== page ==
Osteogenesis imperfecta (OI) is a genetic disorder that is commonly called “brittle bone disease.” Fernando, a student with Type III OI, prefers his walker slightly shorter than his therapist does.
We've looked at a variety of medical conditions and how they affect emergency evacuations from the school bus, including TBI and near drowning, cerebral palsy, DMD and SMA.
In the fifth edition of the series, we will discuss evacuating students who have osteogenesis imperfecta (OI).
Specifics of OI
OI is a genetic disorder that is commonly called "brittle bone disease." The disorder is inherited, and both genders are affected. OI is characterized by bones that break easily, often from little to no apparent cause.
It has been found that children who have OI have a problem with the development of collagen in their body. Collagen can be described as the framework upon which bone and tissues are built. If the collagen is defective, bones fracture more easily and muscles lack tone.
Related Article: Special-needs evacuations: TBI and near drowning
There are currently four known types of OI.
Type I OI:
- This is the mildest and most common form.
- These children have half the normal amount of collagen. However, this collagen is structurally normal.
- They may have muscle weakness, joint laxity and flat feet along with dislocations and sprains.
- Life expectancy seems average.
Type II OI:
- This is the most severe form.
- Infants are quite small at birth, and they are born with multiple fractures, an unusually soft skull and an unstable neck.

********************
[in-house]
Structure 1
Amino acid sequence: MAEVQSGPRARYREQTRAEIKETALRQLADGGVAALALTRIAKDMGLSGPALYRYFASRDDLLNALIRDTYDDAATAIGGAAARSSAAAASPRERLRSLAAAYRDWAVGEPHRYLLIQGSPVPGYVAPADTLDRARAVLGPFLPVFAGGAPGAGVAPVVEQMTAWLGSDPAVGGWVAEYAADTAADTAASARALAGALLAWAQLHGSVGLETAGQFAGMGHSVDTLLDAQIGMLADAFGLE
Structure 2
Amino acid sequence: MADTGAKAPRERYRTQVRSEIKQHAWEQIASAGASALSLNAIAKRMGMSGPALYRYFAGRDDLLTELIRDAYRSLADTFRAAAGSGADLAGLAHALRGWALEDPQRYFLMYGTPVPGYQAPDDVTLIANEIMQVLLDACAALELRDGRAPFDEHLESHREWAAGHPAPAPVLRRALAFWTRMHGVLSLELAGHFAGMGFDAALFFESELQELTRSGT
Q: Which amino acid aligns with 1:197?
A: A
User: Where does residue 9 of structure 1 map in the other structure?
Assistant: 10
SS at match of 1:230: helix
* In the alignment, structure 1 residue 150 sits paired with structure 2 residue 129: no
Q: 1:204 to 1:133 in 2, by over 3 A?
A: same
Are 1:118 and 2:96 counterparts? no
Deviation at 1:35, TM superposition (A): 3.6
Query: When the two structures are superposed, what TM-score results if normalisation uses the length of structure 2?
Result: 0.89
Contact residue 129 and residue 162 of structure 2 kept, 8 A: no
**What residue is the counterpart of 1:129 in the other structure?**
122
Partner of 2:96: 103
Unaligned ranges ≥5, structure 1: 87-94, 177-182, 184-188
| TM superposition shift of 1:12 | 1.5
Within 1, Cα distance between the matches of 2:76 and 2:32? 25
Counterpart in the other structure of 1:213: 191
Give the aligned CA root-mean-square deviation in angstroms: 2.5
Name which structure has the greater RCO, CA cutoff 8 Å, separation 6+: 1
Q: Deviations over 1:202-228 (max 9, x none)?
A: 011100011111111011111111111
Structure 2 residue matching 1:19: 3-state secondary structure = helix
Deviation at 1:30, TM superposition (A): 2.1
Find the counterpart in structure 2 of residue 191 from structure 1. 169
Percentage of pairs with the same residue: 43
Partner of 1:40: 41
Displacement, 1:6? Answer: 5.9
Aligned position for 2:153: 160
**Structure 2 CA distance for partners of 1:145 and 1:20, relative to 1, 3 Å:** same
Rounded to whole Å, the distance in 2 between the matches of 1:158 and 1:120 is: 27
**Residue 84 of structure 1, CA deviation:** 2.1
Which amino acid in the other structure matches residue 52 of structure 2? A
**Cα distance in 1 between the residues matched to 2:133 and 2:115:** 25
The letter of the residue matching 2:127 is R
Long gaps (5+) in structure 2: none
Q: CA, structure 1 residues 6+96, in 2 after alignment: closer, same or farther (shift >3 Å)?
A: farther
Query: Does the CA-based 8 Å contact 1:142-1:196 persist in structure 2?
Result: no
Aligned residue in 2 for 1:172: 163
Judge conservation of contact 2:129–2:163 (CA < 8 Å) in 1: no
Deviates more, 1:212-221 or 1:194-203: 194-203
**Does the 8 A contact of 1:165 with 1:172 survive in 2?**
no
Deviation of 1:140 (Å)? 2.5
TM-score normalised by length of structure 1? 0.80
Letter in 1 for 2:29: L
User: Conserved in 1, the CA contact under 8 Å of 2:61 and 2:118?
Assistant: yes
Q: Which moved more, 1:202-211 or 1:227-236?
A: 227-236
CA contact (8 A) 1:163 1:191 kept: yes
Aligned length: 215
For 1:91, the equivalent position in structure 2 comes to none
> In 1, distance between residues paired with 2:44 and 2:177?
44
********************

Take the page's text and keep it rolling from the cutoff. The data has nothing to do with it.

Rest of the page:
- Almost all infants with Type II die at or shortly after birth.
Type III OI:
- These children are born with fractures, and X-rays may reveal healed fractures that occurred before birth.
- They may have anywhere from several dozen to several hundred fractures in a lifetime. With these children, surgical correction of long bone bowing and scoliosis is common.
- They may need supplemental oxygen.
- Life expectancy varies.
Type IV OI:
- This is considered the moderate form.
- These children will have frequent fractures that decrease after puberty.
- They have mild to moderate bone malformation.
- Life expectancy appears to be average.
With all four types of OI, fractures decrease after puberty.
Researchers are beginning to identify additional types of OI, namely Type V and Type VI.
The type of OI is determined based on clinical and radiographic data. When working with a student with OI, it is important to focus on his or her particular abilities, strengths and weaknesses rather than the particular OI type.
OI treatment involves caring for fractures, maximizing independent mobility and function, and developing optimal bone mass and muscle strength.
Orthopedic surgery can be done to insert metal rods into the long bones to reduce malformations and control fractures. Medications developed for perimenopausal osteoporosis are currently being tested for OI.
Implications for evacuation
Here are some key factors to keep in mind for evacuating students with OI from the school bus.
1. Just the impact of an accident may cause a fracture for a student with OI. The staff must be extremely careful in how they move and handle the student.
2. When students with OI have to be evacuated from the bus, they will be best protected in their mobility device (unless it is motorized - see No. 3), especially if it is a customized molded seating system. Bus staff must be extremely careful as they move the mobility device out of the bus.
3. If a student with OI is in a motorized mobility device, it will be necessary to remove the student from the device.